JIS News

Postmaster General Dr. Blossom O’Meally Nelson, is challenging human resource managers to promote positive industrial relations in the workplace.
Noting that the promotion of positive industrial relations was an important tool for effective management, Dr. O’Meally Nelson said the human resources function must create the opportunity for dialogue on a group basis, as well as on an individual basis, within the organization. She also insisted that issues be discussed in a frank manner.
She was speaking at a recently held Human Resource Management (HRM) conference hosted by the Management Institute for National Development (MIND), the Public Sector Reform Unit in the Cabinet Office, and the Office of the Services Commission at MIND’s Old Hope Road offices in Kingston. The conference theme was ‘Strategic HRM: Creating a Results-driven organization.”
The Post Master General, in a well-received presentation, lamented that too often, the HRM practitioner was only called in, when there was a crisis. “The concept of HRM as an emergency room that deals only with critical cases is very common,” she noted while adding, “the approach, which regards HRM as a potion is outdated and ineffective.”
Dr. O’Meally Nelson charged the capacity-filled room of HRM practitioners, to be aggressive in their promotion of new management thinking.
“You are the ones who must be reading and thinking and have the foresight. You must be the energy that drives the organization. When managers meet, give them the latest thing from Harvard Business Review,” she challenged the group.
She also added that they must be the ones to arrange seminars and fora that highlight modern management practices.
Warning that managers are unlikely to diagnose themselves, Dr. O’Meally Nelson said, HRM practitioners must provide the conceptual link between management planning and worker productivity.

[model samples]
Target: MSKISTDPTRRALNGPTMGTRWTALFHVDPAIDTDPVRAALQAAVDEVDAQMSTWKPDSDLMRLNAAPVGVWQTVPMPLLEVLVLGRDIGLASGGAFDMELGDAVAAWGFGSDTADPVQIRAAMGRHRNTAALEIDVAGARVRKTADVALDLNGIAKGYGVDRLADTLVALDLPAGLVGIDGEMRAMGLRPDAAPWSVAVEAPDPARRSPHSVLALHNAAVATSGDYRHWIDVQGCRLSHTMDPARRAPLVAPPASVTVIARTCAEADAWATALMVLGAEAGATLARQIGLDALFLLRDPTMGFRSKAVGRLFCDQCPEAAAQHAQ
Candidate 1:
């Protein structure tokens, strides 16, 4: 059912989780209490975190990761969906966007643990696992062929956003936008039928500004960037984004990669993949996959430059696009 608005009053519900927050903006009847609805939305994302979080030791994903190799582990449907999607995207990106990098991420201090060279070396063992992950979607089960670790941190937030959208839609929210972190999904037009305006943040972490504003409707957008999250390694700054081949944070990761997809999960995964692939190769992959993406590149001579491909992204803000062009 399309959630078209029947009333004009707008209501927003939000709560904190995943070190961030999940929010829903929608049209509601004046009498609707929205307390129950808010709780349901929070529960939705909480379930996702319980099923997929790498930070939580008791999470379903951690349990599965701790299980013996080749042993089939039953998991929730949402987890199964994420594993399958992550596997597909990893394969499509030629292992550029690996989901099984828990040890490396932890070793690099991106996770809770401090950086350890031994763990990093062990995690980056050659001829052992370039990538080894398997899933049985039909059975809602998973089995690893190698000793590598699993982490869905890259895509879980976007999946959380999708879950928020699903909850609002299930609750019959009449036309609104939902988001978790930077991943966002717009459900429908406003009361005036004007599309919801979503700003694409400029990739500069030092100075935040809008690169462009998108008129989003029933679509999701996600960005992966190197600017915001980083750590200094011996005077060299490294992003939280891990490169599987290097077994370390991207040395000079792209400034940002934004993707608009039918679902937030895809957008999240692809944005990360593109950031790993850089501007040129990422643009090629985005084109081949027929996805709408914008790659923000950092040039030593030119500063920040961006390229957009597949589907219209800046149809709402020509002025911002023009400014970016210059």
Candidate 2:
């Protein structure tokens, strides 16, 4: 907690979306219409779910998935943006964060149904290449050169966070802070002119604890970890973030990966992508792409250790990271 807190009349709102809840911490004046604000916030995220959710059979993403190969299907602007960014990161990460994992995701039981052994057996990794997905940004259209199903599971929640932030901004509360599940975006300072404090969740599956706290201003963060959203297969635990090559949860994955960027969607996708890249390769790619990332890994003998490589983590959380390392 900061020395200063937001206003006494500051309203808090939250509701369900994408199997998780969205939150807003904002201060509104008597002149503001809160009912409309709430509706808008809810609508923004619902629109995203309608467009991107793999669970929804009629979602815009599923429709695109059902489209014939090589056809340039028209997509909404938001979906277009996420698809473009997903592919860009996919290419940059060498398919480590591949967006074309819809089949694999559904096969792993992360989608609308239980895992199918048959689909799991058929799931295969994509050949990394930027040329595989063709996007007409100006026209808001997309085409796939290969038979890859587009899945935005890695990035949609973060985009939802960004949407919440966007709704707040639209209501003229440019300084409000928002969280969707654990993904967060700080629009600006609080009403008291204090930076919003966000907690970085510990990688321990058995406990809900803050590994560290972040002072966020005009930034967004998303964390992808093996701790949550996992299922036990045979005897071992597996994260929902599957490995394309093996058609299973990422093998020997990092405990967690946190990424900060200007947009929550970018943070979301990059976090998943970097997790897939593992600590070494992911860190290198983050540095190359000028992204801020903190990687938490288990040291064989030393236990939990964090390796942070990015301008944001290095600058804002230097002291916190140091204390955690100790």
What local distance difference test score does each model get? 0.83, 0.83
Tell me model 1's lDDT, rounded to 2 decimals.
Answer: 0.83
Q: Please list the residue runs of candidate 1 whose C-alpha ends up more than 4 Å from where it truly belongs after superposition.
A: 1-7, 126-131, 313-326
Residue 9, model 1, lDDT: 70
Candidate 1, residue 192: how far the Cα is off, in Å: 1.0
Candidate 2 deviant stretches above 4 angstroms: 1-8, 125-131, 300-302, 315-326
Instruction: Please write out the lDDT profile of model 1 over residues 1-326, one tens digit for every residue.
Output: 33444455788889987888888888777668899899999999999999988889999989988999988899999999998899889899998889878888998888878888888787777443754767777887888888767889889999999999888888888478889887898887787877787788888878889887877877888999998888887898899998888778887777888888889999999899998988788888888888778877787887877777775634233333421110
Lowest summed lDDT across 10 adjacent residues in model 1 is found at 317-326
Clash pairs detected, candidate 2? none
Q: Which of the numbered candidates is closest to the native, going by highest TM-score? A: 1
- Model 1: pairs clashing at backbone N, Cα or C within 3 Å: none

Turning to the human resource managers’ role in balancing employees, resources and results, she quoted world-renowned author Stephen Covey; “you can buy people’s hands but you cannot buy their hearts.
Their hearts are where their enthusiasm, their loyalty is. You can buy their backs, but you cannot buy their brains – that’s where their creativity is, their ingenuity and their resourcefulness.” Dr. O’Meally Nelson also pointed to number of key areas in which the contribution of HRM was critical, if workers are to buy into’ the organization’s goals, and create the desired results.
These areas include, identifying the external and internal customers’ needs, finding a better way to achieve goals, monitoring employee participation and motivation, and designing relevant training programmes.
Speaking of her disapproval of some training programmes, Dr. O’Meally Nelson argued that too many training programmes were standardized, repetitive and out of step with the organization’s direction and goals. Too many of the training programmes reflected what the trainer liked or was comfortable with, she said.
The Postmaster General stressed that training was the most important means of aligning people with organizational goals, in order to produce the desired results.
The HRM Conference was also addressed by a number of senior executives, who dealt with issues such as communication strategies, leadership and developing high impact professionals.

Skip to content